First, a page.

Railways in the European Union (EU) had been experiencing a gradual fall in the share of rail transport. A set of reform measures was, therefore, put into effect, through a legislative order, for revitalising the railways. Vertical separation was viewed as an inevitable first step of reforms towards greater efficiency and to enhance on-rail competition between different rail operators. However, the costs of such separation turned out to be far greater than anticipated because of a lack of coordination between infrastructure companies and train operators, resulting from vertical unbundling.
Besides, some governments have been failing to pay the cost of passenger services operated under the public service obligations. Inadequate investments on infrastructure and poor maintenance of assets led to the deterioration in the quality of assets, which has dented the competitive strength of railways in an inter-modal scenario. Japan National Railways (JNR) began the process of privatisation in 1987, propelled by the repeated failure of nationalisation and continued operating losses since mid-1960s. Inducting private equity into the management of rail services became necessary in order to reduce the huge government subsidies to the JNR and to improve its efficiency.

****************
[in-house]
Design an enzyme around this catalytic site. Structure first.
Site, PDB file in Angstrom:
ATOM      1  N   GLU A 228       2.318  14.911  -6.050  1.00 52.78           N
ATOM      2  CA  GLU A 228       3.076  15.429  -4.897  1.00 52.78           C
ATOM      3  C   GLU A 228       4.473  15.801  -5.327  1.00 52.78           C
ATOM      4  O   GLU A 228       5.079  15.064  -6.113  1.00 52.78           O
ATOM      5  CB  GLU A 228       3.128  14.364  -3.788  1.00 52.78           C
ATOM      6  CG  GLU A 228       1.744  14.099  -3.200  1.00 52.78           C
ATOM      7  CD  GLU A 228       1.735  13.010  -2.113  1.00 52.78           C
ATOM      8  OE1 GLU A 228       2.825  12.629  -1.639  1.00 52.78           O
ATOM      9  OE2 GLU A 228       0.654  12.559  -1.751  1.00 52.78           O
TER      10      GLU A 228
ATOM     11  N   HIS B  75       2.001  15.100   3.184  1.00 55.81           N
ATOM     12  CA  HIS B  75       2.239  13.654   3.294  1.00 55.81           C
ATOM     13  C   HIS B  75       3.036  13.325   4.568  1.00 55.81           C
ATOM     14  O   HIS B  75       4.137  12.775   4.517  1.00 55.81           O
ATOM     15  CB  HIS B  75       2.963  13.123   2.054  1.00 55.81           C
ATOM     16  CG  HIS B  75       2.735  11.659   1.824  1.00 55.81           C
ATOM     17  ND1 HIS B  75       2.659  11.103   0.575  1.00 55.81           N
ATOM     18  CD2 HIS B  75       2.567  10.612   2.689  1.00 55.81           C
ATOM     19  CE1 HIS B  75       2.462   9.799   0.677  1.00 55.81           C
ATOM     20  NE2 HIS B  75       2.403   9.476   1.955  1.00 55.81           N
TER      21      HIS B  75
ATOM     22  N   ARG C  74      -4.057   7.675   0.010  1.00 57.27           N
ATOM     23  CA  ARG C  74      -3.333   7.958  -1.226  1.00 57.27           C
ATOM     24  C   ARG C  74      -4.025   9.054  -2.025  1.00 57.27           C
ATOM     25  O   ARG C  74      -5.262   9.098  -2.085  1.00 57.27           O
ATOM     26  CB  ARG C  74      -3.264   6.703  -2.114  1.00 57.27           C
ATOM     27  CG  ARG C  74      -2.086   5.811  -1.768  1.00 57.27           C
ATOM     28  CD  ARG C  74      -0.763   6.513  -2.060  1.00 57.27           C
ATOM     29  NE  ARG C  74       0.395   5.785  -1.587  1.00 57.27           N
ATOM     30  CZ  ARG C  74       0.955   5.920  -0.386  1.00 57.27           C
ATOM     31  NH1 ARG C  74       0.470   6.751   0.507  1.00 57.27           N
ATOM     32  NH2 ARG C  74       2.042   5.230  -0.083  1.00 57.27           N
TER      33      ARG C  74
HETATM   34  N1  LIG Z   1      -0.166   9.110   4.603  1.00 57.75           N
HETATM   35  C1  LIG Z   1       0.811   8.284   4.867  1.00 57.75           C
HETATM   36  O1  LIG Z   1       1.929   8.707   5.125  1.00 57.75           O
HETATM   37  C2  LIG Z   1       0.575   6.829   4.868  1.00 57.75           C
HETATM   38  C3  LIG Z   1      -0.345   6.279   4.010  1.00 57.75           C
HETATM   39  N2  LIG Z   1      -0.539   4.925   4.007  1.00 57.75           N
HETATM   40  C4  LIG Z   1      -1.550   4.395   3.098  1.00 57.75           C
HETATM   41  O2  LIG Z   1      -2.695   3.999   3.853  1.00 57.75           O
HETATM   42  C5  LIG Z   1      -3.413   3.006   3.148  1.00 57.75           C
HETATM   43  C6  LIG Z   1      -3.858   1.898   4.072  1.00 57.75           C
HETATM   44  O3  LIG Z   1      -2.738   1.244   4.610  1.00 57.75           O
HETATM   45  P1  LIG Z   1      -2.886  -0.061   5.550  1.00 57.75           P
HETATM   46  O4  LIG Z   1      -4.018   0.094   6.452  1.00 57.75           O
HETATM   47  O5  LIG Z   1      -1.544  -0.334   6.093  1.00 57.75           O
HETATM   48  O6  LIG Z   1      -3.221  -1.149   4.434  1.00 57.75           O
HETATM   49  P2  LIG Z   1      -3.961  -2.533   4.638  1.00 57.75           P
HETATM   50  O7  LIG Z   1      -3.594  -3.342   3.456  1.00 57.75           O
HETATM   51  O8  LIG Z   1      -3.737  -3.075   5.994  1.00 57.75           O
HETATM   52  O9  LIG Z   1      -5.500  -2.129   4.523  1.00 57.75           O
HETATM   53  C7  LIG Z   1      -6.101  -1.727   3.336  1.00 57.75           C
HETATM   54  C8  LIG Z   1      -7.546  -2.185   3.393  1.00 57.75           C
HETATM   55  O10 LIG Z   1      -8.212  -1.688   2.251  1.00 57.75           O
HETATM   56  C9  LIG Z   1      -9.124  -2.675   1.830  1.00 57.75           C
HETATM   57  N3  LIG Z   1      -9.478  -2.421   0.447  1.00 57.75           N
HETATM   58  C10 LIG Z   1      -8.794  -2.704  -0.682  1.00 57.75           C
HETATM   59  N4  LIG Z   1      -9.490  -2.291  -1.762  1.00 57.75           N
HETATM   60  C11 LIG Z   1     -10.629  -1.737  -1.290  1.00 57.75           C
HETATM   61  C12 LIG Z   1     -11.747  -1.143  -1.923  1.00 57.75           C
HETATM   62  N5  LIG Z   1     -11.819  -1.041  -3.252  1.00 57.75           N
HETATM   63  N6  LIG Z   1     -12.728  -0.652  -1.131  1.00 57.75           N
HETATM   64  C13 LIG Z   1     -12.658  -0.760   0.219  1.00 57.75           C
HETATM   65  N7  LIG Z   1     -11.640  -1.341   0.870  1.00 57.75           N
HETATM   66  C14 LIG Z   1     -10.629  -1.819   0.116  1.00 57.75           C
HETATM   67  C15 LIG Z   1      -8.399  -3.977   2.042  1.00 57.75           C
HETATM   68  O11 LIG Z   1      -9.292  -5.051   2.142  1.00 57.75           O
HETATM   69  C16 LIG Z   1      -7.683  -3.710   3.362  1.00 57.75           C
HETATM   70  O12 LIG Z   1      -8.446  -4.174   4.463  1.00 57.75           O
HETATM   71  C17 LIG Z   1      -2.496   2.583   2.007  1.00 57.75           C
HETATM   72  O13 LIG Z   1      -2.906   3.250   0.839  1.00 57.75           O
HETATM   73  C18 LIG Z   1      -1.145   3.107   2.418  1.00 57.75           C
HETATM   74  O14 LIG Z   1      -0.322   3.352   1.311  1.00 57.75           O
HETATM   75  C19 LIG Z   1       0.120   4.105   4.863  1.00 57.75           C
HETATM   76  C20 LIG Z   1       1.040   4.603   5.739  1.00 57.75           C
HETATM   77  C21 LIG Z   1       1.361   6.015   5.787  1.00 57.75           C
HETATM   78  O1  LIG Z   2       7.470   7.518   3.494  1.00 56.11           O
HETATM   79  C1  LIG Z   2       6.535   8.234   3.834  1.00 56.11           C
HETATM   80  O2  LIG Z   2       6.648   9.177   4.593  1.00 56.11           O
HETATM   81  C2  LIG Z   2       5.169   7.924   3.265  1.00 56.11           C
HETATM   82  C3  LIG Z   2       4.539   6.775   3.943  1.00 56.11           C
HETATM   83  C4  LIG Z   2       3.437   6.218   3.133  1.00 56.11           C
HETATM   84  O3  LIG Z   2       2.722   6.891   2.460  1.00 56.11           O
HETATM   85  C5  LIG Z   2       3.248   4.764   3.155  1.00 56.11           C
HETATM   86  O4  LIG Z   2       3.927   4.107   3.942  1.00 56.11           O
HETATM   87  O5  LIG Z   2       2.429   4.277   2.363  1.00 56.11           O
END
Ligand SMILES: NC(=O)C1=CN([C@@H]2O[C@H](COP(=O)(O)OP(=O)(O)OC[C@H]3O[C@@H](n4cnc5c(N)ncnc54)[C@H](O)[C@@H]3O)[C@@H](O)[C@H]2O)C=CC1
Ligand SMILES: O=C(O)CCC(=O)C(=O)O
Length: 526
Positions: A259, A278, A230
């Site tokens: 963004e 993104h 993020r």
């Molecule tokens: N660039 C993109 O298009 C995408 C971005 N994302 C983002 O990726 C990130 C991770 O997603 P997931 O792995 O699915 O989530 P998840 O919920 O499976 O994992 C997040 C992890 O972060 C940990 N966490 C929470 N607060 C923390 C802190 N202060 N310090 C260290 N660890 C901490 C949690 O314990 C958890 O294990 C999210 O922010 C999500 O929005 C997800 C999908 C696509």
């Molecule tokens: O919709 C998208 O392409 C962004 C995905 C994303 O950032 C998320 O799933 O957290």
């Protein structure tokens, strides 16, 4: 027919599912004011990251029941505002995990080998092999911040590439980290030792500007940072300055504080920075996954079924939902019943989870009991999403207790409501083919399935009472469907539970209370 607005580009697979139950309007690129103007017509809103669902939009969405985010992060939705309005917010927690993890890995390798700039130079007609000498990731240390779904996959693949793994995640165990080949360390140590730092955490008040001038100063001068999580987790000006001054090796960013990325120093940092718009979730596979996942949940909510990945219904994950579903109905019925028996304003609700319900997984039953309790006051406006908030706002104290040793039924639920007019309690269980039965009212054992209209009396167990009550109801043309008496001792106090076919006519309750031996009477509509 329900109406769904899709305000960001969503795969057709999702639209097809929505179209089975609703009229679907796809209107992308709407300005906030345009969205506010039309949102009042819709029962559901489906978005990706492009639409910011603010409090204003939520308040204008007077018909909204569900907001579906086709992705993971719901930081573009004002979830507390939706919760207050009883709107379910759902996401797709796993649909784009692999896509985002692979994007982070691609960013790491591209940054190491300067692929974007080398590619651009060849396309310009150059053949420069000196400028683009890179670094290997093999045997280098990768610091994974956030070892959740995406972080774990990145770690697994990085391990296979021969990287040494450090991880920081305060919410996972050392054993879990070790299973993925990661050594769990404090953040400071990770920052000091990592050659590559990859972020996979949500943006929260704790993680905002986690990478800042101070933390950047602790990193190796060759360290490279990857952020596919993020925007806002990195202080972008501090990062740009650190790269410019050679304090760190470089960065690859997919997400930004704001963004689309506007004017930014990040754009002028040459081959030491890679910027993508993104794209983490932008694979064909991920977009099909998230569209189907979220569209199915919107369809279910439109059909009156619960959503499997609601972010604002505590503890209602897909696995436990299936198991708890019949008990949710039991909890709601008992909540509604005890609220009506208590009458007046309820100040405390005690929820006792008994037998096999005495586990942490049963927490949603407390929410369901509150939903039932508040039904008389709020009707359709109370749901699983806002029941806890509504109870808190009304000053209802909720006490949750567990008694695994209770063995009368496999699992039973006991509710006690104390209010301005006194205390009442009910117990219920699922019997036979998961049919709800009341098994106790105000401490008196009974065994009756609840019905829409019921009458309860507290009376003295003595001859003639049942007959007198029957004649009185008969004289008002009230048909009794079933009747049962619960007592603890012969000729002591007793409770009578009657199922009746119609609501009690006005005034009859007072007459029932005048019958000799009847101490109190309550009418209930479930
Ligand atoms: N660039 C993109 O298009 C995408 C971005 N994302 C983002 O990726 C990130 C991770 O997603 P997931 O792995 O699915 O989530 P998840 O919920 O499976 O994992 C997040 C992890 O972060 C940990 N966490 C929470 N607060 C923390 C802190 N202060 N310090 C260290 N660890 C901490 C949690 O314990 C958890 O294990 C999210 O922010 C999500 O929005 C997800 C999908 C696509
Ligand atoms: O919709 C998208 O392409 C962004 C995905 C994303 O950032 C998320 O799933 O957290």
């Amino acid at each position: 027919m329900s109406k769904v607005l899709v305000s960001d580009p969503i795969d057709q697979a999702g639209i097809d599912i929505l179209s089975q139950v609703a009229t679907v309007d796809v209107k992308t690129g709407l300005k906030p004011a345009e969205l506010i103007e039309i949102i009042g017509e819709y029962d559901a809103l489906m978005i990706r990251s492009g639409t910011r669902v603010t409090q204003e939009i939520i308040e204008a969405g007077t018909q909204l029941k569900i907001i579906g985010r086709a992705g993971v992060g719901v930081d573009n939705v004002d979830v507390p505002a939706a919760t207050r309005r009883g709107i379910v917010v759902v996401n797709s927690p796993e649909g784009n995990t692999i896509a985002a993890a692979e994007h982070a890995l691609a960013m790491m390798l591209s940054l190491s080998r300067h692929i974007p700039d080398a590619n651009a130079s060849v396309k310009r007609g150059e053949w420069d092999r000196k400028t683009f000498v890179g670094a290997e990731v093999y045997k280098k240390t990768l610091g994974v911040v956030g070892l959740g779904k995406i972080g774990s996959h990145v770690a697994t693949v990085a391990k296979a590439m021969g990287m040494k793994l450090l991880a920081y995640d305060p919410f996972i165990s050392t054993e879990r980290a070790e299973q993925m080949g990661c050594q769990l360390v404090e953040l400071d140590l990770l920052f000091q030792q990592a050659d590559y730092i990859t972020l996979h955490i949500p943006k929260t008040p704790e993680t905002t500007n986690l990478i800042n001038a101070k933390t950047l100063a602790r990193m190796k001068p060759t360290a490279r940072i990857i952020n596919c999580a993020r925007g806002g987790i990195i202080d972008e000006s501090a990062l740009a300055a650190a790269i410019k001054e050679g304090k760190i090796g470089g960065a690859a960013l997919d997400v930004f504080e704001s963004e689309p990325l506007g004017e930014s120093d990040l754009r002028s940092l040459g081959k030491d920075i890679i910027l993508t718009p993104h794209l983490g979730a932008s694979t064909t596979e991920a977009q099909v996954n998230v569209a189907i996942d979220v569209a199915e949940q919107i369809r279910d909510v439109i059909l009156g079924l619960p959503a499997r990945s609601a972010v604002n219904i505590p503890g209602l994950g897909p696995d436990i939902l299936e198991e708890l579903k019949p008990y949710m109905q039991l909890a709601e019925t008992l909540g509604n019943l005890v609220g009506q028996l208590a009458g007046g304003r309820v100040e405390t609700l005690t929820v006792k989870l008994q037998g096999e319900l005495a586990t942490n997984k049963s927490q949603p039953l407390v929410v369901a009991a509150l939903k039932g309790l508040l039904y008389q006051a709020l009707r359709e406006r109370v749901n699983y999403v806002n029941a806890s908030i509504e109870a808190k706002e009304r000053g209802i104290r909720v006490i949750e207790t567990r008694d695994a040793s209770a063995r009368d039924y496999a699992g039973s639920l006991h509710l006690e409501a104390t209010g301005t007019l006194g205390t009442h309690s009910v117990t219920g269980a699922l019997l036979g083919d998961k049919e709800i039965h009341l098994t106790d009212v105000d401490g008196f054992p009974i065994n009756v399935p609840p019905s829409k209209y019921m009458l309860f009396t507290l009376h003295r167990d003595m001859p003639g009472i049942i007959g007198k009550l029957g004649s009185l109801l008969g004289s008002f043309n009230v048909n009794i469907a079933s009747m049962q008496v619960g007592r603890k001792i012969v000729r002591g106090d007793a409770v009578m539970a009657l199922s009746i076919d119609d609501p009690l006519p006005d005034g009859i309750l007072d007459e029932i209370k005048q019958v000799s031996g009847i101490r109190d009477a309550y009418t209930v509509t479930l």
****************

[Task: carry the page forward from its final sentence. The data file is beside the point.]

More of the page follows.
Consequently, the national undertaking was partitioned into six regional passenger companies, and a single nationwide freight company that would pay track usage fees to passenger companies. The freight company was vertically separated, freeing it from it from the heavy financial burden of infrastructure, but passenger companies remained vertically integrated corporations. The restructuring strategy adopted by the Japanese did lead to increased productivity, reduced operating deficits and marginal improvement in services. However, this success has been limited to only the three major passenger companies that achieved true privatisation, largely because they had a very good market and extremely dense population along the routes. The other passenger companies and the freight company have not been profitable.
In a long-term scenario, learning by experience and by devising newer managerial, regulatory and operating procedures they are bound to overcome the initial setbacks. Regrettably, one does not discern a similar ideological approach in India where Indian Railways, which has had numerous consultants and committees in the past to suggest measures for reforms, has lacked the will to implement the more substantial of these recommendations. The private sector will be an increasingly dominant factor in reshaping the evolutionary process of the railways in the foreseeable future.
S N Mathur is former MD, Indian Railways Finance Corporation.